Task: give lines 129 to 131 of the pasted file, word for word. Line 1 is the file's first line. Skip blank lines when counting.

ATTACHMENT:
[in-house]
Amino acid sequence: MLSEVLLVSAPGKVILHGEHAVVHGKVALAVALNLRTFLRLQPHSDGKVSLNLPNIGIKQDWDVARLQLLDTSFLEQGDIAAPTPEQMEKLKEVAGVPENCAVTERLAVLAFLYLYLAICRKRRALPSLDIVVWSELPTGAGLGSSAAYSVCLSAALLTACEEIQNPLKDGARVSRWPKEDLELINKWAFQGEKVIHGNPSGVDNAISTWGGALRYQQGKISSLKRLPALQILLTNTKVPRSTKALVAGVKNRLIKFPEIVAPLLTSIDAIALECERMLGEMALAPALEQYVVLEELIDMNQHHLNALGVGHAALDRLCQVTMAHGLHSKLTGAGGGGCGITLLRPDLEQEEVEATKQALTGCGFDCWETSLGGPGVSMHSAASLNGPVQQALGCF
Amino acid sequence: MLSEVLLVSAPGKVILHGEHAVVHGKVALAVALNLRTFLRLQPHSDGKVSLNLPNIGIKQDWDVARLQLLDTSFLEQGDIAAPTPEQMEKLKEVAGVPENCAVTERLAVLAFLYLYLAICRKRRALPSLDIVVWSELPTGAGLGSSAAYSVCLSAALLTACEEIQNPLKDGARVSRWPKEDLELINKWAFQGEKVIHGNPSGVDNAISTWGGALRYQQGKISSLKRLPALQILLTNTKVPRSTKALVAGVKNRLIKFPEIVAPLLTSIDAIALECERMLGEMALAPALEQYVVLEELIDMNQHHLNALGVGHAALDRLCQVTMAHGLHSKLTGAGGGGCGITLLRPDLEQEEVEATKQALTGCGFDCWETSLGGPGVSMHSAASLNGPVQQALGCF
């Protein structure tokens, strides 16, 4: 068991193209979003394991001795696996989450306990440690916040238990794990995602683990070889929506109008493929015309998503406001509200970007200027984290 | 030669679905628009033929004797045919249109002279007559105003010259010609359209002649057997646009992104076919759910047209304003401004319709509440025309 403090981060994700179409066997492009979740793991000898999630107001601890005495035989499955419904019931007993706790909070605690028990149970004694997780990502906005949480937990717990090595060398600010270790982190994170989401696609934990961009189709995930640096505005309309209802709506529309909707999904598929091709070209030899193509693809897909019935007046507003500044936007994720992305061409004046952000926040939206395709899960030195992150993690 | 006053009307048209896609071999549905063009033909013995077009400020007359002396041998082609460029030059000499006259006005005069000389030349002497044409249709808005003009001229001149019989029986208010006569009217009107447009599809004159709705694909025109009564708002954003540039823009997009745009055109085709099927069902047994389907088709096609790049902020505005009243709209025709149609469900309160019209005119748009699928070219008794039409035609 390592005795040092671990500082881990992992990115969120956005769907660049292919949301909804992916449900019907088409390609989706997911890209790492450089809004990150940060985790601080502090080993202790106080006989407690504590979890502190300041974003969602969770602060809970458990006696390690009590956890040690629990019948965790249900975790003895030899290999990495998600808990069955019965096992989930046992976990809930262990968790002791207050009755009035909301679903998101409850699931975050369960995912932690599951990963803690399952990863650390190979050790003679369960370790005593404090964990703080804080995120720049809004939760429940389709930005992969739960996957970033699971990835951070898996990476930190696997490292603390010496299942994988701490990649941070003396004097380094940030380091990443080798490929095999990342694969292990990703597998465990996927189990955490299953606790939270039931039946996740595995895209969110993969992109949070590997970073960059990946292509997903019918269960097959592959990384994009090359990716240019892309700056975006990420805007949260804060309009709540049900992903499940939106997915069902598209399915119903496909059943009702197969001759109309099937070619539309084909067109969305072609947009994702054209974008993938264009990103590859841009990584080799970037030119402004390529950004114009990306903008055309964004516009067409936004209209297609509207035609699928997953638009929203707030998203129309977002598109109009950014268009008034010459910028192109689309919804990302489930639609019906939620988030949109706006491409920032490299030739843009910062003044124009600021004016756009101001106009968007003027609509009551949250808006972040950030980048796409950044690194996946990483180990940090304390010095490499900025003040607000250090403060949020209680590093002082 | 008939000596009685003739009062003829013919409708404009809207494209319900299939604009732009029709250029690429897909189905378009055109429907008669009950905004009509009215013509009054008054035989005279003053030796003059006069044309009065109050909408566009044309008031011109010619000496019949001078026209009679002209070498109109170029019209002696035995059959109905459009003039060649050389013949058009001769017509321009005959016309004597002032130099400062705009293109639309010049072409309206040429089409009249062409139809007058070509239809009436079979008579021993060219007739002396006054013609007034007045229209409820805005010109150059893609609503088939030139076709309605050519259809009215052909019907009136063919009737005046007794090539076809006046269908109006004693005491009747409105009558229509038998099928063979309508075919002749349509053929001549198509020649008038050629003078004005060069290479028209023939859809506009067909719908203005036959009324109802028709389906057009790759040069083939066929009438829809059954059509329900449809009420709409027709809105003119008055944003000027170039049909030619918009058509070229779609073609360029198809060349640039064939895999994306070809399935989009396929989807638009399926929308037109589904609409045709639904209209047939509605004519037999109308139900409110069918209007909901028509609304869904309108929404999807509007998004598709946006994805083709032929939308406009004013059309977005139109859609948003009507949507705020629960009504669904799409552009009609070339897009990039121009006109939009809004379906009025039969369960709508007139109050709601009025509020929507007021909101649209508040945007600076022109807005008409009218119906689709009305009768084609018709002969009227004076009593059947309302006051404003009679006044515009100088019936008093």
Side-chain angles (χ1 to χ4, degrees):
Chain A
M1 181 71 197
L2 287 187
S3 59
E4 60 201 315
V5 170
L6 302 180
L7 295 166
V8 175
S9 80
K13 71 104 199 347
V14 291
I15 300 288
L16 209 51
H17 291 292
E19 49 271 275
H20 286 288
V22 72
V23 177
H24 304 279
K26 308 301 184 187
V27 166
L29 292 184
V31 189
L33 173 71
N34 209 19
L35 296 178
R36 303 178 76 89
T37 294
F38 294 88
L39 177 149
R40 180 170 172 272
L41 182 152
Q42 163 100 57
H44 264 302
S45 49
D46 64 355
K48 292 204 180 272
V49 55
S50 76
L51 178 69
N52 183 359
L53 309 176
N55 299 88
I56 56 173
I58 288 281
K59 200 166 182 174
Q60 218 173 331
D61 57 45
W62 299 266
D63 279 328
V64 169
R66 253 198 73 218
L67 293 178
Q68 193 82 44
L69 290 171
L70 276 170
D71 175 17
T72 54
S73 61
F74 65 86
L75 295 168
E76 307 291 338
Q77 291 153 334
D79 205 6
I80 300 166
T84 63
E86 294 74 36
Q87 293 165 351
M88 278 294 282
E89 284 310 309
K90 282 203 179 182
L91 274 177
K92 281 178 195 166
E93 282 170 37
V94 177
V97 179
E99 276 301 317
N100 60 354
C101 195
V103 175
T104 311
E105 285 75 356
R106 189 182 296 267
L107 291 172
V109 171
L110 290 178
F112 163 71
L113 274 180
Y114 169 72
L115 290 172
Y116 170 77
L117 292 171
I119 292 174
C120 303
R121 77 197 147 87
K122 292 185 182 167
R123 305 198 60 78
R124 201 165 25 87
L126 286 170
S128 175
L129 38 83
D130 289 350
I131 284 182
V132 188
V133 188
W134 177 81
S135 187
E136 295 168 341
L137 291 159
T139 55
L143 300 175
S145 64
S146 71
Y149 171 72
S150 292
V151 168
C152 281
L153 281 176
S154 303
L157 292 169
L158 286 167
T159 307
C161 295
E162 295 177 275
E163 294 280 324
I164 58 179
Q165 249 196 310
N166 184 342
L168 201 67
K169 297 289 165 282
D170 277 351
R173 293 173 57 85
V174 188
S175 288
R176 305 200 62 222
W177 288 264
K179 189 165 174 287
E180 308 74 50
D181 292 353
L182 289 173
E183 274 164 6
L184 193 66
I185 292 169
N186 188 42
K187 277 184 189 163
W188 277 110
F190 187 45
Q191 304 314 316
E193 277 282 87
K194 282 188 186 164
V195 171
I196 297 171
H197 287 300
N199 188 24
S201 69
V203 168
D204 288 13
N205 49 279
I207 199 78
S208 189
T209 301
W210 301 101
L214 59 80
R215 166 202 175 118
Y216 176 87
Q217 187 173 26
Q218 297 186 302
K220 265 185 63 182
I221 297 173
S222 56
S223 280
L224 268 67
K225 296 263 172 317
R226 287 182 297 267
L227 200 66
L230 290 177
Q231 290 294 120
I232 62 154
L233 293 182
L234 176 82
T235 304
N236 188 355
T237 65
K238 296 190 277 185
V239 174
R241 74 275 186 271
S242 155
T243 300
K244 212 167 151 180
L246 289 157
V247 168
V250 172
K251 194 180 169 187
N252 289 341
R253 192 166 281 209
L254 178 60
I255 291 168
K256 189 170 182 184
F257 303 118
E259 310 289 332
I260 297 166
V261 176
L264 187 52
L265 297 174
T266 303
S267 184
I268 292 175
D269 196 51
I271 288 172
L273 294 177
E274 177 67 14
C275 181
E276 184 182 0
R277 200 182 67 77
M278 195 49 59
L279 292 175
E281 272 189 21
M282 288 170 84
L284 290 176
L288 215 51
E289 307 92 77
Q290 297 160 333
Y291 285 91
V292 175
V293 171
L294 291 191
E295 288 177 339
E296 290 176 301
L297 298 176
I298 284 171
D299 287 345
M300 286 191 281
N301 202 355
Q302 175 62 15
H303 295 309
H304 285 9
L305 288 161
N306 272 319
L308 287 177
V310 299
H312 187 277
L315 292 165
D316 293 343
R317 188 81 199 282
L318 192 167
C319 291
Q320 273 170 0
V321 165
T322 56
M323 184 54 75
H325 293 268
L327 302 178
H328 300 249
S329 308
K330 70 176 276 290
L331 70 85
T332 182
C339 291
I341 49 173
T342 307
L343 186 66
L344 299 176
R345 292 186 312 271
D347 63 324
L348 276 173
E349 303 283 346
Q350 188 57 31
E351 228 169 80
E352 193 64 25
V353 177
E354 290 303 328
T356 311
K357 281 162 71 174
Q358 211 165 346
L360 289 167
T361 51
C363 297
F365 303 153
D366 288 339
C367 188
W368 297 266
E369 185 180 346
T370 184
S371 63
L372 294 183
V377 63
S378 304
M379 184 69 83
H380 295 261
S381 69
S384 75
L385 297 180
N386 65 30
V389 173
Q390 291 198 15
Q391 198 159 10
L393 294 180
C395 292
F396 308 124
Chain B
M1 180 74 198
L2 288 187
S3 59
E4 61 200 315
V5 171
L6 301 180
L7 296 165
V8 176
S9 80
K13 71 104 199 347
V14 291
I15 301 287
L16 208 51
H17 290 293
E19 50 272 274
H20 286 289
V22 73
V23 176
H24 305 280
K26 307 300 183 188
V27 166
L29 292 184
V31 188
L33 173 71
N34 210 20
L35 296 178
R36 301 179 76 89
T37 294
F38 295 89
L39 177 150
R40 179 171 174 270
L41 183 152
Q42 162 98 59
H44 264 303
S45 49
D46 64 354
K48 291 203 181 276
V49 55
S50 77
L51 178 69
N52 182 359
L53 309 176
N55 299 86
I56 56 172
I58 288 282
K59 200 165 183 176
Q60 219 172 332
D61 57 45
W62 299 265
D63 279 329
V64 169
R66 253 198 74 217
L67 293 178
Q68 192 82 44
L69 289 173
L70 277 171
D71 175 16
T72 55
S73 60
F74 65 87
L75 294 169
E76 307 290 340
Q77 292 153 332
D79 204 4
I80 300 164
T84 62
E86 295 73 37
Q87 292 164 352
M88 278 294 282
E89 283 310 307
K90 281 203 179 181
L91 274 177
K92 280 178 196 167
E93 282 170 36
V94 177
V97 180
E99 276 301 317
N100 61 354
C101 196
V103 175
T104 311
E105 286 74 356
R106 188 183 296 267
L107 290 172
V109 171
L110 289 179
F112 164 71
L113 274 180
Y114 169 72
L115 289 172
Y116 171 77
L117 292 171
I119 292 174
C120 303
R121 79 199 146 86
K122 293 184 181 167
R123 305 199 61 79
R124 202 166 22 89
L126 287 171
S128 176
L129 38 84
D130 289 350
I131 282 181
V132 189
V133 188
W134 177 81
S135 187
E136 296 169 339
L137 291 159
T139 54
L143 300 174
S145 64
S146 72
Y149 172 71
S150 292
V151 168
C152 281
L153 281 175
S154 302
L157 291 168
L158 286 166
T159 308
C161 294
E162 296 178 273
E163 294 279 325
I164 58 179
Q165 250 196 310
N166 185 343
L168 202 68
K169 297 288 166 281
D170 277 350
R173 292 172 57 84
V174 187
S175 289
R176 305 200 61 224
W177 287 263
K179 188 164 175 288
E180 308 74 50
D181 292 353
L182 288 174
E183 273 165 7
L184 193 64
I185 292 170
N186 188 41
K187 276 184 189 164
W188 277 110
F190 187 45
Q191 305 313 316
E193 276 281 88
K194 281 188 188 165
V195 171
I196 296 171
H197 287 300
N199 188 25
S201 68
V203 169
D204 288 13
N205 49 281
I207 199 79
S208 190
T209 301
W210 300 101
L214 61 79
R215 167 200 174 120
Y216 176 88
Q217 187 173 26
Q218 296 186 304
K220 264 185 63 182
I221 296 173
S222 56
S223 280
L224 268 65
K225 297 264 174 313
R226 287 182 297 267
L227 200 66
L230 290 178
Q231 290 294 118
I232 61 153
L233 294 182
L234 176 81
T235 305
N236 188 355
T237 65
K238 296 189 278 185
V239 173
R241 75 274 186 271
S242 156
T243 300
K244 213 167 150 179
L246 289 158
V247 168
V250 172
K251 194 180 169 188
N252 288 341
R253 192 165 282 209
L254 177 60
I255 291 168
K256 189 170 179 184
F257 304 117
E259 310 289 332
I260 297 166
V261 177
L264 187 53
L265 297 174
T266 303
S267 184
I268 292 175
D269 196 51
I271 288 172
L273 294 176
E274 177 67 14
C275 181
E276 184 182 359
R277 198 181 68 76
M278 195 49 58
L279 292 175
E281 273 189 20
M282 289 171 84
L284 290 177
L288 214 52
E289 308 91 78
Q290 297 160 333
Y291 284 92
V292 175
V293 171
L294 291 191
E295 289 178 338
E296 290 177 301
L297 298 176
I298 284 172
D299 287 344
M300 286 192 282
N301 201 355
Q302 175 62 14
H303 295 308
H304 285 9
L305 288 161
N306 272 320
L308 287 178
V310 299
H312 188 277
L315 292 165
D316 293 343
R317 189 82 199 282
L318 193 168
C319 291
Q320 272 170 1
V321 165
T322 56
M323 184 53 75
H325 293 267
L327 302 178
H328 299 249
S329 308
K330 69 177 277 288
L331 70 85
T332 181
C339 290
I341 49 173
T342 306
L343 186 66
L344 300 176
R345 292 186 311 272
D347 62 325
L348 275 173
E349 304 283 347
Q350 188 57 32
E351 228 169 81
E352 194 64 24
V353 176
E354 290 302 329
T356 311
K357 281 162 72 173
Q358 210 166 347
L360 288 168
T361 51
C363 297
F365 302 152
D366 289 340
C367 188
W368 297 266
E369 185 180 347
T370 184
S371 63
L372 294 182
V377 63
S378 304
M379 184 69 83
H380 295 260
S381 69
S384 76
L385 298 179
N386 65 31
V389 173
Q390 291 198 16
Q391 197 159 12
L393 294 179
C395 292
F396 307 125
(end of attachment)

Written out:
C161 295
E162 295 177 275
E163 294 280 324